• You went from recording with session musicians to performing as a duo with your current musical partner Seán McAvinue. Then after much searching, you played for a year with a full band and released your debut EP.
That’s right! Once the EP was finished, we auditioned people to join the band. We’d only did about 5 or 6 gigs, then on the night of our first band video, my guitarist Sean fell down the stairs and broke his hand. At the time, it felt like the worst thing to ever happen. We all thought Seán was broke for good and instead of being there for him, the rest of the band tried to replace him with anyone who could play anything with strings. Eventually after the drummer quit and we auditioned for another, the band fell apart. I tried to hold it together for weeks but what I was fighting for was already dead. I was tired of the project and secretly I’d been hoping for a fresh start, a new band and a newer, less beige musical experience.

• However, you recently took time out after that group disbanded and now, still alongside Seán, you have a new band, with records and gigs due soon. I sense that you are somewhat settled now.
It was hard to walk away from The Lauren Tate Band because with the relationships I had there, I kinda felt like everyone was looking to me to lead the way, so telling them I was actually quit my own band was difficult. But I picked up my dad’s old Westbury Guitar and played and played while Sean was starting to say he might never regain strength in his hand. It hit me that I had to grab life with my own hands; that if I wanted something, I couldn’t wait for someone else to suggest it and tell me what to do. I had to go do it myself. So I did. I came running downstairs after hours of planning, thinking and writing lists, shouting “I want to start a new band and I need to do it now”. Settled however… I’m never settled and that keeps me both frustrated and excited.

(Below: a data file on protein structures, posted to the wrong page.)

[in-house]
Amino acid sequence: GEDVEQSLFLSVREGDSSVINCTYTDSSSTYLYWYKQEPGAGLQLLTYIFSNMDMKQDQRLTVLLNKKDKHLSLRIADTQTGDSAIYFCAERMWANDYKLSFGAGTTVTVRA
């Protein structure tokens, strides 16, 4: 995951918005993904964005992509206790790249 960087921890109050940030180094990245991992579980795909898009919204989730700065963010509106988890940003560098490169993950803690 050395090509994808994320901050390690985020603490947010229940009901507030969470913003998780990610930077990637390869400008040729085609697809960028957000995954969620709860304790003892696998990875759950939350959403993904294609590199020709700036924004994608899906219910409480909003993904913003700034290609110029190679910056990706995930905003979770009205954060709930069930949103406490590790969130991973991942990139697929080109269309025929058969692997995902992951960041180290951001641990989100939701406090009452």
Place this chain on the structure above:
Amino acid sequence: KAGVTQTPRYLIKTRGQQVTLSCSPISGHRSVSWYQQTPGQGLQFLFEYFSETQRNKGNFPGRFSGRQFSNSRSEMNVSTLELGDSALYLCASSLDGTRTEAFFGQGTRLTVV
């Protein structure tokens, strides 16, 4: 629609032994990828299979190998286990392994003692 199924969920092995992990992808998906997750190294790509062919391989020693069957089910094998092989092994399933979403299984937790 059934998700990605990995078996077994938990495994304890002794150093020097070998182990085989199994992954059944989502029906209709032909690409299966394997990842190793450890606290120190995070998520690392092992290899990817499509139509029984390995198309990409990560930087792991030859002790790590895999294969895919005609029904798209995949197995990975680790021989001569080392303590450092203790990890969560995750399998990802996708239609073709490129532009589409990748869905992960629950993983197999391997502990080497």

• Up until now, you – regardless of who you’ve played with – have always performed under your name. Does now working under the name Hands of Gretel signify a particular change for you? Maybe in the way the band gels or writes together? Or was there a particular needs to work under a different name?
Oh it feels like a weight has lifted. I always wanted to have a stage name, Luna or something, something that means I could escape to somewhere else. There was no escape being Lauren Tate all of the time. I stood on the stage as her, sang about her, being asked questions about her, and I got drained so easily with everything being me, me, me all the time.
Nothing’s changed drastically though. I still write all the songs and have the same voice. I just sing to escape now, to feel free from what I’m feeling rather than singing about it over and over. I’m not just a teenage girl in an alternative band singing about feelings. I’m an artist and I’m creating a brighter vision, my own vision.

• Why Hands of Gretel? It sounds very Riot Grrl – almost Babes In Toyland-esque.
Babes In Toyland, Riot Grrl you say? Ah! A lot of people fear feminism and angry girls even now. I love it, I’m quite addicted to these women. I wrote a lot of names out. I was originally going for ‘Mowzer’, my cat’s name but my mum kept reading out ‘Hands off Gretel’. It’s playful and cute, but holding a clear sign that’s says ‘HANDS OFF’, ‘Don’t touch’, like ‘I’m my own person’, ‘don’t mess with me’. I’m not Gretel or anything, Gretel is just a fairytale character. It’s about being that unrealistic fairytale, escaping and getting what you want. A lot of my songs are from the perspective of a little girl who cannot have the world she’s created in her room, it’s about running away from the real world and I’m having so much fun being a little girl again!

• Tell me about your song-writing process? Do you take your ideas to the band still, or it more balanced than that?
The band only formed early October 2014 and by then I’d wrote the entire set. I had a vision of what I wanted and I didn’t really have the time to be equal about it. I took the leadership role and arranged the band, told them to play harder or lighter, and just bring the songs to life, which they did! I’m not usually controlling, but Sean jokes about my megalomania which is proving to be true! I just know what I want this time and I’m pushing the band as hard as I can with my newly found enthusiasm.

Lauren Tate. Photo by Craig Wilde.

Lauren Tate. Photo by Craig Wilde.